The Lancet   |  November 22, 2015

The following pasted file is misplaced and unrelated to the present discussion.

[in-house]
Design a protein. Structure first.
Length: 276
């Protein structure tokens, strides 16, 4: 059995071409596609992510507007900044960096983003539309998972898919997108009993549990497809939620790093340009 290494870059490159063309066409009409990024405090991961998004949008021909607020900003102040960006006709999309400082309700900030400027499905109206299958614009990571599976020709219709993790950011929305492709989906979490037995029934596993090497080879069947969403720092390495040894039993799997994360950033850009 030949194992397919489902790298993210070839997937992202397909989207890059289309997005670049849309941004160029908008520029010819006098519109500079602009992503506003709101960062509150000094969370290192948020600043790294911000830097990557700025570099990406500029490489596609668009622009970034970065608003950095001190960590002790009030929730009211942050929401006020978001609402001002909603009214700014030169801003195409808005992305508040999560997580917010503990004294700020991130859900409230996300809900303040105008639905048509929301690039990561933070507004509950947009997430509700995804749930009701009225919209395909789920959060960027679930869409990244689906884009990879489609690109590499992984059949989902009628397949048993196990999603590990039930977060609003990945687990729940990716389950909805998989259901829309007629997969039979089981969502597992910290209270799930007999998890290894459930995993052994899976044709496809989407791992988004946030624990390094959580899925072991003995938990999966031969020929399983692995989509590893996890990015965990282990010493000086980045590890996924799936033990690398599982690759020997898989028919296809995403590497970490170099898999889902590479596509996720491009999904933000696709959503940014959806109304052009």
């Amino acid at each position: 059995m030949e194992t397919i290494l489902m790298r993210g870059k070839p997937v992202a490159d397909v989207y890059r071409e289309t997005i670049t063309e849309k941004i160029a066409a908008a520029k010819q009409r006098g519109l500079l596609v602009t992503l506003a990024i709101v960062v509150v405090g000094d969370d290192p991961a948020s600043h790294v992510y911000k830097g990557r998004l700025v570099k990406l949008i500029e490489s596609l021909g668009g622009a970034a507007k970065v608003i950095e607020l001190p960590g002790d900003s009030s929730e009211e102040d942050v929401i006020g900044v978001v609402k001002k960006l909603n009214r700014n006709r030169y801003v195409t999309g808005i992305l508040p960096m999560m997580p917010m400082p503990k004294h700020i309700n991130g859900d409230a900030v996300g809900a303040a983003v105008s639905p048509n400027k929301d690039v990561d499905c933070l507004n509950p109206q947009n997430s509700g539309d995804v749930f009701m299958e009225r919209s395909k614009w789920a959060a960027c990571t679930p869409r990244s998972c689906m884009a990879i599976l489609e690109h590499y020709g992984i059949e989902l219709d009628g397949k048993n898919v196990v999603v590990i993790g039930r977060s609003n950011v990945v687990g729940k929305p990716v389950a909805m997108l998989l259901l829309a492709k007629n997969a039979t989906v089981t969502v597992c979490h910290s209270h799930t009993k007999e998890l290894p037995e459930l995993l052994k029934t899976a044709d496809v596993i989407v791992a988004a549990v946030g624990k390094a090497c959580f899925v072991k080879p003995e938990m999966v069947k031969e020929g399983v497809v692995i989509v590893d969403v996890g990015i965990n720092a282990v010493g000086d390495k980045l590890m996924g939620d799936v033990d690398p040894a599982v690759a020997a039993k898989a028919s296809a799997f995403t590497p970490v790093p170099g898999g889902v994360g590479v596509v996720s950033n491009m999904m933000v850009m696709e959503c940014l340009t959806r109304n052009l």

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The west African Ebola epidemic that began in 2013 exposed deep inadequacies in the national and international institutions responsible for protecting the public from the far-reaching human, social, economic, and political consequences of infectious disease outbreaks. The Ebola epidemic raised a crucial question: what reforms are needed to mend the fragile global system for outbreak prevention and response, rebuild confidence, and prevent future disasters? To address this question, the Harvard Global Health Institute and the London School of Hygiene & Tropical Medicine jointly launched the Independent Panel on the Global Response to Ebola. Panel members from academia, think tanks, and civil society have collectively reviewed the worldwide response to the Ebola outbreak. After difficult and lengthy deliberation, we concluded that major reforms are both warranted and feasible. The Panel’s conclusions offer a roadmap of ten interrelated recommendations across four thematic areas:

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